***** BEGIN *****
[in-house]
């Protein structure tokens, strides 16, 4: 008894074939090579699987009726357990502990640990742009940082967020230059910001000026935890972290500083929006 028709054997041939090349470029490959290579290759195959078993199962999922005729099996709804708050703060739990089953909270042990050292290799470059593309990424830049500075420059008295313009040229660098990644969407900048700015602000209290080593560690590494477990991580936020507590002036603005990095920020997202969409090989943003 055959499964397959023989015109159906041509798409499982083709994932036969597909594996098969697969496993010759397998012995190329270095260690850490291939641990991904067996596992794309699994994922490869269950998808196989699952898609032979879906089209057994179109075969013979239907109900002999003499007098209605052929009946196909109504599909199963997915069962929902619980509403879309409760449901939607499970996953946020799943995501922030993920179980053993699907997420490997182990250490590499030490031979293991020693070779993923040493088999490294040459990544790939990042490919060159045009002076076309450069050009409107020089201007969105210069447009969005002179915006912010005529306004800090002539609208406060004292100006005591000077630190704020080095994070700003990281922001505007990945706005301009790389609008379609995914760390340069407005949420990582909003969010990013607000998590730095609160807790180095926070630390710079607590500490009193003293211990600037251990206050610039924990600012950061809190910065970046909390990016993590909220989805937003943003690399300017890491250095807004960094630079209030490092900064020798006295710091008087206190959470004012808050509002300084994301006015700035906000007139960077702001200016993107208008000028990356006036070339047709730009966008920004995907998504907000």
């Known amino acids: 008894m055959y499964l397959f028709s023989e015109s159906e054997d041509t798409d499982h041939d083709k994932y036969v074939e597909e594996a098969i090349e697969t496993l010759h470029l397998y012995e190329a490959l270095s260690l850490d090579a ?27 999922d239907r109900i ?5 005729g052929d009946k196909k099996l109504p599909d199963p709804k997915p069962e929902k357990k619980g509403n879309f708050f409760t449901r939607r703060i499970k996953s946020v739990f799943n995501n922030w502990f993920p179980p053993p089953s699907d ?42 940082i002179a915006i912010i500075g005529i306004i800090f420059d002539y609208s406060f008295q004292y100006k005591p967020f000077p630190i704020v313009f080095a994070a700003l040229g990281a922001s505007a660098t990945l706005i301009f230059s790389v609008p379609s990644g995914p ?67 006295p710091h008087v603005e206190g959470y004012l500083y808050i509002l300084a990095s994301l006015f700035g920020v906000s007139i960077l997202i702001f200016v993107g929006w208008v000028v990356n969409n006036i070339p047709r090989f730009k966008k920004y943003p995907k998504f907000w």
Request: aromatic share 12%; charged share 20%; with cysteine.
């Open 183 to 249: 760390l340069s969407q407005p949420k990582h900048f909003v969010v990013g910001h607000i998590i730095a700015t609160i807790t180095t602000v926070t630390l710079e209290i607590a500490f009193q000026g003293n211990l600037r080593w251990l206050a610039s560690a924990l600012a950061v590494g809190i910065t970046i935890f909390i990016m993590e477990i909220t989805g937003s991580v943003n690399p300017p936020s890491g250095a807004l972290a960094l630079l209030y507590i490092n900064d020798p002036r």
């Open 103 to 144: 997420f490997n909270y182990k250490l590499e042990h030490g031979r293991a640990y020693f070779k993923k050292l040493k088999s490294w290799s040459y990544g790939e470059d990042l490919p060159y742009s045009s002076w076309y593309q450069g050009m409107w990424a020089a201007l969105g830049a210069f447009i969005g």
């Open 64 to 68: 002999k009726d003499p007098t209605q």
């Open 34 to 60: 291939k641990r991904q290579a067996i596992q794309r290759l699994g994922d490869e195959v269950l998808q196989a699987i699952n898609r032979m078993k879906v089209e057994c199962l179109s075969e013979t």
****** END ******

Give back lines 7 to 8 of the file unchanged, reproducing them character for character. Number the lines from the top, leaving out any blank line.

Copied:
């Open 64 to 68: 002999k009726d003499p007098t209605q």
């Open 34 to 60: 291939k641990r991904q290579a067996i596992q794309r290759l699994g994922d490869e195959v269950l998808q196989a699987i699952n898609r032979m078993k879906v089209e057994c199962l179109s075969e013979t």